UBI Research warns China could threaten Samsung's and LG's TV market dominance

Mike Wheatley

A respected industry analyst has predicted that Samsung Electronics and LG Electronics’ respective TV businesses could be threatened by China’s dominance of the LCD display market.


In an interview with The Elec, UBI Research CEO Choong Hoon Yi said the decision of Samsung Display and LG Display to exit the LCD manufacturing business could have some troubling consequences as it gives Chinese firms the opportunity to monopolize the supply of LCD TV panels. He warned that if Samsung’s and LG’s TV sales decline as a result, it would also have a negative impact on their display making subsidiaries.

Samsung Display quit making LCD panels for good last year, and is planning to transform its production lines for QD-OLED production. Meanwhile, LG Display has halted LCD production in South Korea, though it still has some ongoing operations at its Chinese factory in Guangzhou. However, in the long term, LG Display is likely to sell this plant, Yi said, with China’s CSOT the most likely buyer.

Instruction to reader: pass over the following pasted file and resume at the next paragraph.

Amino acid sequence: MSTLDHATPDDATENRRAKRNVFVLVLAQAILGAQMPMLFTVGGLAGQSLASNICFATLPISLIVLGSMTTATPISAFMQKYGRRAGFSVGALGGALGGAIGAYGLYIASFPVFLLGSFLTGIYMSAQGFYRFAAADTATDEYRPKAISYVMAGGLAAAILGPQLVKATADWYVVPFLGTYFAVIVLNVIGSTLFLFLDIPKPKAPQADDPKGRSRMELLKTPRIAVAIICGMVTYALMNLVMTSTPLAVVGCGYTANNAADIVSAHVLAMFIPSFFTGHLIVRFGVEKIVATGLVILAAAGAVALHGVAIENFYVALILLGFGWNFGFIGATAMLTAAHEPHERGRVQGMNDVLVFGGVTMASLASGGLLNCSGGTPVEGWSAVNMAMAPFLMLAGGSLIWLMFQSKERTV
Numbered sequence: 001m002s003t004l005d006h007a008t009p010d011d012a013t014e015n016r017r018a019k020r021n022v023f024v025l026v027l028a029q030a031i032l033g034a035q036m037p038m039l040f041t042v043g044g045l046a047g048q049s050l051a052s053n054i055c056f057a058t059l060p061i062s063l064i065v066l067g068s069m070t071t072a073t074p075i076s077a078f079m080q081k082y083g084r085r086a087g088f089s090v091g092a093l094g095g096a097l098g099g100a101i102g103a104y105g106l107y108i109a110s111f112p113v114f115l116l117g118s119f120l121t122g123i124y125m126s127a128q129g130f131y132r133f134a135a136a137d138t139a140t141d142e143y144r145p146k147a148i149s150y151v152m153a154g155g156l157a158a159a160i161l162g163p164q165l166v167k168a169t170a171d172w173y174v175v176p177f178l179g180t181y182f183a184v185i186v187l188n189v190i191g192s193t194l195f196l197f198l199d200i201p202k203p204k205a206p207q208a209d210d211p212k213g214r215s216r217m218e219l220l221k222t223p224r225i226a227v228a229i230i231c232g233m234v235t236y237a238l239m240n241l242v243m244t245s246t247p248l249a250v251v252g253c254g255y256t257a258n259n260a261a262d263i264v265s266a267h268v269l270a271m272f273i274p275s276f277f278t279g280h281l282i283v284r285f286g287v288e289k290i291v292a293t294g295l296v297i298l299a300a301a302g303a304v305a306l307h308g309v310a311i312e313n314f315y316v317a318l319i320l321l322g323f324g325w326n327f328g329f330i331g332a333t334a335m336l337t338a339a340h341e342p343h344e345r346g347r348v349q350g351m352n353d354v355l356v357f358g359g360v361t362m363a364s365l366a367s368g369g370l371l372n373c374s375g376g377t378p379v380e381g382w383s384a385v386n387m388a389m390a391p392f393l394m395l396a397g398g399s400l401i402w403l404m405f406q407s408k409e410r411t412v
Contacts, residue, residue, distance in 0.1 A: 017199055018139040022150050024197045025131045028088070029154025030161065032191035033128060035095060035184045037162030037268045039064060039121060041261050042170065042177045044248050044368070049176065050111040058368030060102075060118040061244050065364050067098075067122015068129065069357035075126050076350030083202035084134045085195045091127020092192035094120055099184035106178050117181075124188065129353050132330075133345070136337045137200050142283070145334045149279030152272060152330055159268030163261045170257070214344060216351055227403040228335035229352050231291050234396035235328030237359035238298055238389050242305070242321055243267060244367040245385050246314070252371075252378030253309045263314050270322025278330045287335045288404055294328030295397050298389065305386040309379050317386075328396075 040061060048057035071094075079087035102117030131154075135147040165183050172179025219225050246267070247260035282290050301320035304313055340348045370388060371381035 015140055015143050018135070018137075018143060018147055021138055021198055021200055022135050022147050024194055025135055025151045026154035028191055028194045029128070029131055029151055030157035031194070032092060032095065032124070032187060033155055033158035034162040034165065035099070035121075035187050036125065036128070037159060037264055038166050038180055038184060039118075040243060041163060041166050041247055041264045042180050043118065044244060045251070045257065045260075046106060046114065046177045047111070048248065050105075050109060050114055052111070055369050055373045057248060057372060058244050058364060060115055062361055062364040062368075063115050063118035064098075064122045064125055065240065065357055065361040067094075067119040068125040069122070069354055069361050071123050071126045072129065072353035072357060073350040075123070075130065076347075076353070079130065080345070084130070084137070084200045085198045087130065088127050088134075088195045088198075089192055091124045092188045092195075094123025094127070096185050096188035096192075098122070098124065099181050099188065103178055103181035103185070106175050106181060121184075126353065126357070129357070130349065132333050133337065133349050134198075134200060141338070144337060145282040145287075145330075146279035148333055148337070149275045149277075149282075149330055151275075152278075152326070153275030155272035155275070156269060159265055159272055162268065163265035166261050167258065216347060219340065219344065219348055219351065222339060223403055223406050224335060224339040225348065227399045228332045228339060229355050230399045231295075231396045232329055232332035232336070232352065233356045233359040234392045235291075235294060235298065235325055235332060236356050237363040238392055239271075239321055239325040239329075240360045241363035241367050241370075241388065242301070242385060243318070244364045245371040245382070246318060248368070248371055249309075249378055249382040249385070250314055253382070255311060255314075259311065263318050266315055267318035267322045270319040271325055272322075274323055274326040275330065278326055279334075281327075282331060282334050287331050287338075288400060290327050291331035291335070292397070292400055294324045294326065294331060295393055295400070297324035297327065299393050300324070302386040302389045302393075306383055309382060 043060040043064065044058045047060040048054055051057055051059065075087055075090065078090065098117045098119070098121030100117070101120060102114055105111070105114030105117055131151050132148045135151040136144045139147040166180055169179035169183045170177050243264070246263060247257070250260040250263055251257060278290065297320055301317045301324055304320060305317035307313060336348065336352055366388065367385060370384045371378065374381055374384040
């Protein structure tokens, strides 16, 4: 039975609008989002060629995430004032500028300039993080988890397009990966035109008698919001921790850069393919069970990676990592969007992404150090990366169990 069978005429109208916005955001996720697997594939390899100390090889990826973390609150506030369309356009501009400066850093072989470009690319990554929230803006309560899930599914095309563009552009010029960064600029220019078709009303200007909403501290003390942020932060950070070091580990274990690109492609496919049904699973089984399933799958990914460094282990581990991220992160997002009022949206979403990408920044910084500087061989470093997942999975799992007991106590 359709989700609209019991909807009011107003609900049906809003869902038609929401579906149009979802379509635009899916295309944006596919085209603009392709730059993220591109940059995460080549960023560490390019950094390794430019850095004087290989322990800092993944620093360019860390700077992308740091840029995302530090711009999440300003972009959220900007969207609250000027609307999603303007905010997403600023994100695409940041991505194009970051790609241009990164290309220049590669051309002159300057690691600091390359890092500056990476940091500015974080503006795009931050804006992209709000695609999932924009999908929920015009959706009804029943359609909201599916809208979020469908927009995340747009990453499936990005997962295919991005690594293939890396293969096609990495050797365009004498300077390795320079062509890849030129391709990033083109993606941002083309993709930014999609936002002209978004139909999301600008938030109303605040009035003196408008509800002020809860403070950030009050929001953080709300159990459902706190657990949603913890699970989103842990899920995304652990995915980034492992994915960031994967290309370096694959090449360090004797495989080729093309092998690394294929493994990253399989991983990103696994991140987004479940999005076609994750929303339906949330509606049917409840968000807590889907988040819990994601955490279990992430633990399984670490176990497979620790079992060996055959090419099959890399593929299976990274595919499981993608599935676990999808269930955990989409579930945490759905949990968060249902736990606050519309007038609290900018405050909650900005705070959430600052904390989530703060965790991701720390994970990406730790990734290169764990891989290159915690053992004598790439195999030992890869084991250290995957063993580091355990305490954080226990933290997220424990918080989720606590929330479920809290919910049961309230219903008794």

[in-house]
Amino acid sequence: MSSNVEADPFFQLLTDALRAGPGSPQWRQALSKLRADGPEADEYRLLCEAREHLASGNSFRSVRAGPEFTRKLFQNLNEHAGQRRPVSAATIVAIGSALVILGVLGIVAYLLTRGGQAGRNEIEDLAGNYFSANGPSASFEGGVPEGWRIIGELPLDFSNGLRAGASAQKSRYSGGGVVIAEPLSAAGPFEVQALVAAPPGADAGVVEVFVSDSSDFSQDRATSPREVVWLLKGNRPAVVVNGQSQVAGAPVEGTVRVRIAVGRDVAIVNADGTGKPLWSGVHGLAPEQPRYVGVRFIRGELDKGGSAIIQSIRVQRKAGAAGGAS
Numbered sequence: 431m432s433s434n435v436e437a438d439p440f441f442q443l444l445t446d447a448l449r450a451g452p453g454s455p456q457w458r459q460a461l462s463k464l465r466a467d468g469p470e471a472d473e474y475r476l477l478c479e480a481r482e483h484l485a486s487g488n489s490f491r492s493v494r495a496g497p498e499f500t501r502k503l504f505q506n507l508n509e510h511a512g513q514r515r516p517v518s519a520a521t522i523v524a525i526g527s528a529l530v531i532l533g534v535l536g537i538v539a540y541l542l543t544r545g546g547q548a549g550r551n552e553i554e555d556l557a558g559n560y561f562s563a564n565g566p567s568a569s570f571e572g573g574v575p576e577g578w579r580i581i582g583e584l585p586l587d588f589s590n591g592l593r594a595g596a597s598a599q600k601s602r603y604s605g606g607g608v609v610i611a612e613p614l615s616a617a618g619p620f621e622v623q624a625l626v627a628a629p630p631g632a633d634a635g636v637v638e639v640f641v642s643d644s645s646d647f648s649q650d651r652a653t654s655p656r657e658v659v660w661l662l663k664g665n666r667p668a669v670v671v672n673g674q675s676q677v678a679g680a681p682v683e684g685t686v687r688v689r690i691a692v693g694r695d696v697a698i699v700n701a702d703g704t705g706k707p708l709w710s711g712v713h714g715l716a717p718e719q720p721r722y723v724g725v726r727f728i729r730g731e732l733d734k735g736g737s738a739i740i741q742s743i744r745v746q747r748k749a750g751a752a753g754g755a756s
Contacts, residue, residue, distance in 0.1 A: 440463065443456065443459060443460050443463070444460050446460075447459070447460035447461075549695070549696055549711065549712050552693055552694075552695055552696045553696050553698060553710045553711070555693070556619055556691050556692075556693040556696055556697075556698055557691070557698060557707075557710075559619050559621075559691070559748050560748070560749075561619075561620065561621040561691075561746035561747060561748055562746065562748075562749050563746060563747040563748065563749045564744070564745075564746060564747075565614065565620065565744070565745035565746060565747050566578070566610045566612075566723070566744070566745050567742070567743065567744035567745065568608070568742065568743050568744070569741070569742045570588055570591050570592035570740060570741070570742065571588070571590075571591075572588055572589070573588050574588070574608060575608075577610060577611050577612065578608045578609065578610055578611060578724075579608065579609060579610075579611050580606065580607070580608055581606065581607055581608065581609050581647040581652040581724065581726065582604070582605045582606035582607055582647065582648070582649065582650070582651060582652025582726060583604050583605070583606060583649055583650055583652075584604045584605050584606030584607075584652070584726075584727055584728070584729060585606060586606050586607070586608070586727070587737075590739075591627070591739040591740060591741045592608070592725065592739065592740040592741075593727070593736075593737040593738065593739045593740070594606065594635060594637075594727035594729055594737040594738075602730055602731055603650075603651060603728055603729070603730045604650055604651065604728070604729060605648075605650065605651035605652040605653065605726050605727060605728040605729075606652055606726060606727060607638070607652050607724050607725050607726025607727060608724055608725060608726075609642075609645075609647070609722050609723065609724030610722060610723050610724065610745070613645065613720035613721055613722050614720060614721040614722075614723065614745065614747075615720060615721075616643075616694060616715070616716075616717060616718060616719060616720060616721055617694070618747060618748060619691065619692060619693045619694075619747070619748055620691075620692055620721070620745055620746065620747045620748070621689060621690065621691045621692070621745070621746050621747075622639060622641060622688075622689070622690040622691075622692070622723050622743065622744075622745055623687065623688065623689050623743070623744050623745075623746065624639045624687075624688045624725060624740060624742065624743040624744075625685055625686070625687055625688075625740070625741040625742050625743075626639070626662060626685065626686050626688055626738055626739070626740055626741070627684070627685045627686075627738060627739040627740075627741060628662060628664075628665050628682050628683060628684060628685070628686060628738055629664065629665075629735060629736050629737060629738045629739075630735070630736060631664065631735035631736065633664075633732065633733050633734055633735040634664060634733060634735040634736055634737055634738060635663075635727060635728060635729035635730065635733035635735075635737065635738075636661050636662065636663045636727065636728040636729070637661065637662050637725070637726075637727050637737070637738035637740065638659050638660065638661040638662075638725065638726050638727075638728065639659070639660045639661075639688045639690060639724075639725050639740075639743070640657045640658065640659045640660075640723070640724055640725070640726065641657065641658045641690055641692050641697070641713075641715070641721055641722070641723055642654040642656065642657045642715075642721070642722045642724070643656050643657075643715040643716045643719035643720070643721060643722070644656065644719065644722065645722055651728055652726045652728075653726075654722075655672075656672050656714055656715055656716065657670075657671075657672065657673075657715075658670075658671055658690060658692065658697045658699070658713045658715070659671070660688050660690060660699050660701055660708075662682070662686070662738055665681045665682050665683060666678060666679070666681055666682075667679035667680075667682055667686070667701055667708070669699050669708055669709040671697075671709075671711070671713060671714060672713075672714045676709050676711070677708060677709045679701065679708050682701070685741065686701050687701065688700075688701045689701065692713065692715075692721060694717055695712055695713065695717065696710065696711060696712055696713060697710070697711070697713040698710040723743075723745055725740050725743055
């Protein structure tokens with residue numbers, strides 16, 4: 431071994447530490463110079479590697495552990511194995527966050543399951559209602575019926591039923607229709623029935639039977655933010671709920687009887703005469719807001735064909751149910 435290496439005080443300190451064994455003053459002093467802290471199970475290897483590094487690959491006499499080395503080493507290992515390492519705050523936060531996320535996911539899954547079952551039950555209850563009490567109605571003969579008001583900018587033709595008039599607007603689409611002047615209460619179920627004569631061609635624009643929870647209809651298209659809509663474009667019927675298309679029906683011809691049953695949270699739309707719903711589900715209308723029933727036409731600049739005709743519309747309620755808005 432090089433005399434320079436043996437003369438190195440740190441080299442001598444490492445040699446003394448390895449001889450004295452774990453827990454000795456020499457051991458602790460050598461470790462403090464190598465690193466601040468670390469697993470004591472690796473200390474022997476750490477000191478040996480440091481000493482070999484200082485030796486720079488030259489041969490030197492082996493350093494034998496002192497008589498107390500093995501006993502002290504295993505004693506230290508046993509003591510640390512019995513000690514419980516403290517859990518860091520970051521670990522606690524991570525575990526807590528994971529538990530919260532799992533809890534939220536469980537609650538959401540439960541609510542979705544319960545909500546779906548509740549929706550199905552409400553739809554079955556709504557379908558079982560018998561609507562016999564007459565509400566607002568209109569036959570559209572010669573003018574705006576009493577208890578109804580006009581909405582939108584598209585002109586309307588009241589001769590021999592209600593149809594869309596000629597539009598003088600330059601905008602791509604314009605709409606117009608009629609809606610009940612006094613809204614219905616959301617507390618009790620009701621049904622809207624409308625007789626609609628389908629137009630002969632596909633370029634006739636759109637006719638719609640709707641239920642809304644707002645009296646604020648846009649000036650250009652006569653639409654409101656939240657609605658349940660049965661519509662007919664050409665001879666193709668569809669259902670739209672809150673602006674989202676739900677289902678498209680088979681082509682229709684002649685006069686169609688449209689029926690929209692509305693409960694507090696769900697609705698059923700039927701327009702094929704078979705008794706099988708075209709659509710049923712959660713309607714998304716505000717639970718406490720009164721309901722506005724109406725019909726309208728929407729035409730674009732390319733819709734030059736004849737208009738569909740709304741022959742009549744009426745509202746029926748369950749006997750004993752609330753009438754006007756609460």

According to Yi, the danger is that the Chinese government will try to take advantage of the South Korean display giant’s decisions to exit the market by merging various local LCD display manufacturers. He said the plan is for HKC to merge with IVO, while BOE’s OLED business could merge with Visionox. Meanwhile, CSOT’s T4 factory and EDO’s factory in Shanghai could be sold off to Tianma, which would then become the sole manufacturer of automotive OLED displays in the country.

By concentrating production in this way, the Chinese display makers would then have more room to control prices and supply, Yi said. He noted that both the central government and local provincial governments have a big influence on the country’s display makers, so they could easily direct such plans.

If this were to happen, Yi said the Chinese panel makers could then make it difficult for Samsung Electronics and LG Electronics to procure enough LCD panels to meet their needs. Meanwhile, Chinese TV brands could secure a glut of LCD displays at lower prices. He said Samsung’s TV shipments might fall to under 40 million per year as a result, while the likes of Hisense and TCL could increase their shipments to over 30 million each.

Yi further pointed out that Chinese TV brands have been improving their designs and can produce products that are just as capable as those of their South Korean competitors. Through their relationships with local display makers, they could theoretically sell their TVs much cheaper than either Samsung or LG can.

Samsung and LG would still retain control of the premium TV market thanks to their focus on OLED display technology, but they could see their market volume shares decline significantly, Yi said.